On Monday, the air quality in Boston and the greater New England area was so bad that it was only rivaled by the areas in Northern California and Oregon currently on fire. An interactive map from the National Oceanic and Atmospheric Administration showed how smoke from the wildfires out west were being carried across the continental US by winds and the jet stream. In response to the blanket of smoke engulfing Massachusetts’ skies, the state Department of Environmental Protection issued an air quality alert.
Around Boston, people reported not only seeing a film of smoke in the skies but also smelling the scent of wood burning. Firefighters across the state fielded calls from concerned residents who worried that a fire was burning nearby. This is the second time in the last two weeks that smoke from the western forest fires has been carried to New England-but the smoke was markedly thicker and more pungent this time around.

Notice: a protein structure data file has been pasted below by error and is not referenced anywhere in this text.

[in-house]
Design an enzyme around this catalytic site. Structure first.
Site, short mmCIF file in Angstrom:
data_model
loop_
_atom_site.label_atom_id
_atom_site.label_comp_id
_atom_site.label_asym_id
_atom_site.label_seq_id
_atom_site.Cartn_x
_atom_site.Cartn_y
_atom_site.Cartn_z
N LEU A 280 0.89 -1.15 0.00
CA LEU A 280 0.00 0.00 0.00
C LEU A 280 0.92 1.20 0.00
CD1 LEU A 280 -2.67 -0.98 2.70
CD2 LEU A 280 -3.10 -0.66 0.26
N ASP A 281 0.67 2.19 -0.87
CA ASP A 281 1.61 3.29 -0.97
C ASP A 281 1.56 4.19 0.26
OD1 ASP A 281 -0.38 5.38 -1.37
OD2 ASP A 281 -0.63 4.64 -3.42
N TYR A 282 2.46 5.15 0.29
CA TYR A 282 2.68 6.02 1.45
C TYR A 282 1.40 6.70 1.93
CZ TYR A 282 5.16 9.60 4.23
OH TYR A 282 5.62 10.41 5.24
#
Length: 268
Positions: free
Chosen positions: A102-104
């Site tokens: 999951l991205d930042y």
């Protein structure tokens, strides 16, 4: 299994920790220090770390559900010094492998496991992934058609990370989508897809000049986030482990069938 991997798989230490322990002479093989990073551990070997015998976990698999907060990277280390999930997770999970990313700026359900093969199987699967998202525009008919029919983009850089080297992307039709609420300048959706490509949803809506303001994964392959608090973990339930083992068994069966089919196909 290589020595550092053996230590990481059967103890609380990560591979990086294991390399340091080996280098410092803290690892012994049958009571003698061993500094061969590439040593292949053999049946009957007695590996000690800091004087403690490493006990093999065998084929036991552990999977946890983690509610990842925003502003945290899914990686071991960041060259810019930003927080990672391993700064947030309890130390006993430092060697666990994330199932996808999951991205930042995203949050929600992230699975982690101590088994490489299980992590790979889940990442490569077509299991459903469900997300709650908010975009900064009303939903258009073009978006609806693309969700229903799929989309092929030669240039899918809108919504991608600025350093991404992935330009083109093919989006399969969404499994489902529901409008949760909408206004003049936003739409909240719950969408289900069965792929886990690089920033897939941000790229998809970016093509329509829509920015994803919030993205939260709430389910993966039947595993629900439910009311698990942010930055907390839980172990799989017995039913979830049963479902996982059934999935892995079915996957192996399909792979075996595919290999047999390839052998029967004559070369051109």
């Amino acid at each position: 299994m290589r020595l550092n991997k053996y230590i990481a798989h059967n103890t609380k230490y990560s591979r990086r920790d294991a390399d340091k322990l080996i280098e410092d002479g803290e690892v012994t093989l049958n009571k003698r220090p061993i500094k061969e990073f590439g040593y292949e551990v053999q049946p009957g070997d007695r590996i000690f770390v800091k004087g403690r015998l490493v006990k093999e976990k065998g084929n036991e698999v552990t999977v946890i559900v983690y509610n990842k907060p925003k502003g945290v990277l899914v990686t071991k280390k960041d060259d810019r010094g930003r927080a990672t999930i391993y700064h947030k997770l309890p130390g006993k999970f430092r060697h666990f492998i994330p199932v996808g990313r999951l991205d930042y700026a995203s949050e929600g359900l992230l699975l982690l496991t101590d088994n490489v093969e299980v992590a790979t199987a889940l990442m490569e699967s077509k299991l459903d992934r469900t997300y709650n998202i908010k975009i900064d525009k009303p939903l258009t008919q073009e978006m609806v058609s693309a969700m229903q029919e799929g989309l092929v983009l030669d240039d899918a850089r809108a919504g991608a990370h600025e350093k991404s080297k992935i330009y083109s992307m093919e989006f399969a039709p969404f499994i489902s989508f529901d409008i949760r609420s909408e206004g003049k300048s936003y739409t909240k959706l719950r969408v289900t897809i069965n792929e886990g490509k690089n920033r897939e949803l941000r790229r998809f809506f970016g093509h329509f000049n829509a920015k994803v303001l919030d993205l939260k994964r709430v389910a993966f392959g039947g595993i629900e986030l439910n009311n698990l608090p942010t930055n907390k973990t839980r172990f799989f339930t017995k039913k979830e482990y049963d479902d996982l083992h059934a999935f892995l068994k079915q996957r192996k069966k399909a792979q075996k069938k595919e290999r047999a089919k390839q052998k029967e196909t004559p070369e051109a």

With scientists predicting that our climate will continue to get hotter and drier, exacerbating normal patterns of forest fires, The Brink reached out to Boston University environmental earth scientist Mark Friedl for help understanding what these changes mean for our planet and for human health. Friedl, an expert in using NASA satellite imaging to interpret large-scale environmental trends, recently published new research findings indicating that forest fires in the Earth’s northernmost forests could accelerate climate change-potentially locking the planet in a feedback loop where drier climate causes more fires and those fires, in turn, speed up global warming. “Fires are intensifying, and when forests burn, carbon is released into the atmosphere,” Friedl said about those findings.
Friedl, a BU College of Arts & Sciences professor of earth & environment and interim director of BU’s Center for Remote Sensing, answers four questions posed by The Brink about the effects of western wildfire smoke over New England and the US.